After posting a two-week high on Friday (April 20th), Euro dollar retracted, giving up most of these gains by the start of the trading week. The markets shifted their gaze from Spain to France, where President Nicholas Sarkozy did not fare well against challenger Francois Hollande. Hollande has called for a renegotiation of the euro zone fiscal pact, which could of course, have major implications for the Euro. Monday morning greeted the markets with a host of disappointing releases out of the Eurozone this morning, particularly in the manufacturing sectors. As a result, we could see the Euro drop even further as the trading week gets underway.
Here’s an update on technicals, fundamentals and what’s going on in the markets.
- Asian session: EUR/USD continued to rise from after Friday’s trading, hitting a high of 1.3210. and consolidating at 1.3182. The pair is sliding in the European session, trading at 1.3147.
- Current range: 1.3110 to 1.3165.
- Further levels in both directions: Below: 1.3050, 1.2945, 1.2873, 1.2760, 1.2660 and 1.2623.
- Above: 1.3165, 1.3212, 1.33, 1.3360, 1.3437, 1.3486 and 1.3550.
- 1.3212 is providing weak resistance to the pair.
- 1.3050 has been breached, with 1.30 the next support level below.
Euro/Dollar sliding on weak Euro-zone data – click on the graph to enlarge.
- 7:00 French Flash Manufacturing PMI. Exp. +47.3. Actual +47.3.
- 7:00 French Flash Services PMI. Exp. +46.4. Actual +50.3.
- 7:30 German Flash Manufacturing PMI. Exp. +46.3. Actual +49.0.
- 7:30 German Flash Services PMI. Exp. +52.6. Actual +52.4
- 8:00 Euro-zone Flash Manufacturing PMI. Exp. +46.0. Actual +48.1.
- 8:00 Euro-zone Flash Services PMI. Exp. +47.9. Actual +49.4.
For more events later in the week, see the Euro to dollar forecast
- Uncertainty after French Election: Socialist challenger Francois Hollande will face President Nicholas Sarkozy in the presidential run-off after yesterday’s inconclusive results. favors renegotiating the Euro-zone fiscal arrangement in order to stimulate growth, rather than implementing strict austerity measures. Hollande is not considered pro-market, and the Euro could be affected, at least initially, if Hollande wins the election.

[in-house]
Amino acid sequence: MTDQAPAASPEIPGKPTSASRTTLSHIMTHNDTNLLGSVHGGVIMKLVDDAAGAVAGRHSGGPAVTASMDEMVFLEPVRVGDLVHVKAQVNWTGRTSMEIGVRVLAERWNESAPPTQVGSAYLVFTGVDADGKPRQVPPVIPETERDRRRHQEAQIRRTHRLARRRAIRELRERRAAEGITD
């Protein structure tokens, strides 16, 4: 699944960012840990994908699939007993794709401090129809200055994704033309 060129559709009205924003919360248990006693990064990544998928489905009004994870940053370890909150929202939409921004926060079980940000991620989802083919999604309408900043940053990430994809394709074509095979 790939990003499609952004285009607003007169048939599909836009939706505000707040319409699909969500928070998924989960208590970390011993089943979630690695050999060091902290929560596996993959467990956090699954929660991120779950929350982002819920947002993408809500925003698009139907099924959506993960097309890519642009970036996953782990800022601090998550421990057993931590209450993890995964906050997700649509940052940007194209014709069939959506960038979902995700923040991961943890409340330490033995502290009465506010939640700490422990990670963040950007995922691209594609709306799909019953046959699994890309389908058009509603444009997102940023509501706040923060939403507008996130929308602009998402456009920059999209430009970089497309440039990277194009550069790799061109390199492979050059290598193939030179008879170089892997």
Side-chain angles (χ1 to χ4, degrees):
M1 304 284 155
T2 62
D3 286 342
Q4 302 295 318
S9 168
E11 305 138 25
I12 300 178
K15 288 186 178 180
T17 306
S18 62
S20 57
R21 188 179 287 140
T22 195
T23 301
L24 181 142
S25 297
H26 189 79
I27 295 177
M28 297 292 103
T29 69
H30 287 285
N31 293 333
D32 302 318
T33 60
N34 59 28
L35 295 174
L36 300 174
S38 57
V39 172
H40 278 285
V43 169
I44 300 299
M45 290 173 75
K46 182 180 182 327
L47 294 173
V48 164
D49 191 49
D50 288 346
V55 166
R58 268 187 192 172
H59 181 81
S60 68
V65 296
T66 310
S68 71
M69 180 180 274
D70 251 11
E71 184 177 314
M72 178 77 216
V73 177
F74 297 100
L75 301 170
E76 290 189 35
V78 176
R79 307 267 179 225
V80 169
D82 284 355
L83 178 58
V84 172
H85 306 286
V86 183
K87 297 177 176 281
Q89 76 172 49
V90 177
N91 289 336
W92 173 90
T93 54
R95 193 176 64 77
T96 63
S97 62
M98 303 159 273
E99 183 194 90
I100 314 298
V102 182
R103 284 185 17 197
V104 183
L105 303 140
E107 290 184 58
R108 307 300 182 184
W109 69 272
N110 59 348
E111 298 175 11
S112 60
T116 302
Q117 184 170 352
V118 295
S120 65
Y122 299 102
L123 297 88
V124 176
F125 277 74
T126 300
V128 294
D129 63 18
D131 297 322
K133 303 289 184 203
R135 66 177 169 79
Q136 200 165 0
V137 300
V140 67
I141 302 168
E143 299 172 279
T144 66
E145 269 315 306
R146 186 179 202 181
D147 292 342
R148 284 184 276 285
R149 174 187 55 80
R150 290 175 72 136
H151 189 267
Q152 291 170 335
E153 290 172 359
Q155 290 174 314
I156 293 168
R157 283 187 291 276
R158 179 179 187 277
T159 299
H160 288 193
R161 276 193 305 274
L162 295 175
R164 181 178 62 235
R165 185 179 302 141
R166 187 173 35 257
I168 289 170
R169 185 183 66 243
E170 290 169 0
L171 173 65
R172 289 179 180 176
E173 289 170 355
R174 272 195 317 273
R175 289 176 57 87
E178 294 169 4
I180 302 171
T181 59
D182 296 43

- Do Greek banks need aid?: The deadline for publishing reports was delayed for Greek banks due to the huge PSI deal. The reports, published after the Athens stock exchange closes, will be closely watched. Losing over 70% on their own government’s bonds could certainly inflict damage to their balance sheets. 25 billion euros of EFSF money was already transferred this week to Greece. Will it need more for the banks? The publication will impact the euro.
- PSI Leftovers: A small portion of Greek bonds were issued outside Greece, and therefore was immune to the Collective Action Clauses – losses could not be imposed on bondholders, like they were in local bonds.. The government in Athens delayed the deadline for the PSI over and over again as there were many holdouts and not enough “volunteers”. If bondholders insist, the dilemma will be between defaulting and triggering more worries for other countries, or paying out and having to cut more in the beaten budgets. Perhaps more bondholders were convinced to “volunteer”.
- Mediocre Bond Auction for Spain: Europe’s fourth largest economy managed to raise enough money, also for long term bonds, but paid a higher price. Yields remain around 6%, and this cannot last too long. The markets still follow the budget talks in Spain, now focusing on two regions: Andalusia and Catalonia.
- US Releases Worry Markets: Despited some good retail sales figures, last week’s releases were dismal. Existing home sales and the Philly Index dropped. More worrying were the jobless claims, that remained at elevated levels. The slowdown in unemployment cannot be easily dismissed as a one time event.
- Chinese Downturn?: China’s economic indicators continue to be a source of concern for the markets. The move to expand the yuan’s band is also seen as supportive for the Chinese economy, that requires this support. With Europe in deep trouble and the economic recovery in the US losing some of its shines, weakness in China could spell another global recession.